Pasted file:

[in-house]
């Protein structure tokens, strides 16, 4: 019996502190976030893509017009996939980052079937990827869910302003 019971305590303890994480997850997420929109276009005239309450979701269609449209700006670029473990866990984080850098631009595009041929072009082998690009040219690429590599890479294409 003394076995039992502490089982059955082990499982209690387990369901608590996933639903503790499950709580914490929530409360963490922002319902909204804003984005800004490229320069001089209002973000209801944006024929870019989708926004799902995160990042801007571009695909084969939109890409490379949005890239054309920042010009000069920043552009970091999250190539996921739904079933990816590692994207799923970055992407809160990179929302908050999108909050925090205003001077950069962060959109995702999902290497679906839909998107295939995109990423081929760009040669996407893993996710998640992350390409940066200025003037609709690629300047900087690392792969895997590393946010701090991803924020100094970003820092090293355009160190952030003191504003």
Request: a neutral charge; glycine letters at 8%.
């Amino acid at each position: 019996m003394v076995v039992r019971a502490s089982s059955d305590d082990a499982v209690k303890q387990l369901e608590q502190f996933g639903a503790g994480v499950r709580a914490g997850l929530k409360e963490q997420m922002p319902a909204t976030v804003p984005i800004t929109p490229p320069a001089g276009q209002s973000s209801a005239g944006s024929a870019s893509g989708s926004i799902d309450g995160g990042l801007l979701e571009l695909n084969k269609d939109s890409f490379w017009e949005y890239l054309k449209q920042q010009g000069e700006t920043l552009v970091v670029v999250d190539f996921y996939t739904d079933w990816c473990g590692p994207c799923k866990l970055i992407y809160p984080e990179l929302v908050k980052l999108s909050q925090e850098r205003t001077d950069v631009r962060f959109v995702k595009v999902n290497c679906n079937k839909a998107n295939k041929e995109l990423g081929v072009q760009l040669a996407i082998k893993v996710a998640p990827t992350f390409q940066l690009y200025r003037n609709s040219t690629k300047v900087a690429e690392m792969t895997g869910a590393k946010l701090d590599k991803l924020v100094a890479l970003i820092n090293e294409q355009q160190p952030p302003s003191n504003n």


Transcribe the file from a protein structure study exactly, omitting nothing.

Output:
[in-house]
């Protein structure tokens, strides 16, 4: 019996502190976030893509017009996939980052079937990827869910302003 019971305590303890994480997850997420929109276009005239309450979701269609449209700006670029473990866990984080850098631009595009041929072009082998690009040219690429590599890479294409 003394076995039992502490089982059955082990499982209690387990369901608590996933639903503790499950709580914490929530409360963490922002319902909204804003984005800004490229320069001089209002973000209801944006024929870019989708926004799902995160990042801007571009695909084969939109890409490379949005890239054309920042010009000069920043552009970091999250190539996921739904079933990816590692994207799923970055992407809160990179929302908050999108909050925090205003001077950069962060959109995702999902290497679906839909998107295939995109990423081929760009040669996407893993996710998640992350390409940066200025003037609709690629300047900087690392792969895997590393946010701090991803924020100094970003820092090293355009160190952030003191504003």
Request: a neutral charge; glycine letters at 8%.
């Amino acid at each position: 019996m003394v076995v039992r019971a502490s089982s059955d305590d082990a499982v209690k303890q387990l369901e608590q502190f996933g639903a503790g994480v499950r709580a914490g997850l929530k409360e963490q997420m922002p319902a909204t976030v804003p984005i800004t929109p490229p320069a001089g276009q209002s973000s209801a005239g944006s024929a870019s893509g989708s926004i799902d309450g995160g990042l801007l979701e571009l695909n084969k269609d939109s890409f490379w017009e949005y890239l054309k449209q920042q010009g000069e700006t920043l552009v970091v670029v999250d190539f996921y996939t739904d079933w990816c473990g590692p994207c799923k866990l970055i992407y809160p984080e990179l929302v908050k980052l999108s909050q925090e850098r205003t001077d950069v631009r962060f959109v995702k595009v999902n290497c679906n079937k839909a998107n295939k041929e995109l990423g081929v072009q760009l040669a996407i082998k893993v996710a998640p990827t992350f390409q940066l690009y200025r003037n609709s040219t690629k300047v900087a690429e690392m792969t895997g869910a590393k946010l701090d590599k991803l924020v100094a890479l970003i820092n090293e294409q355009q160190p952030p302003s003191n504003n």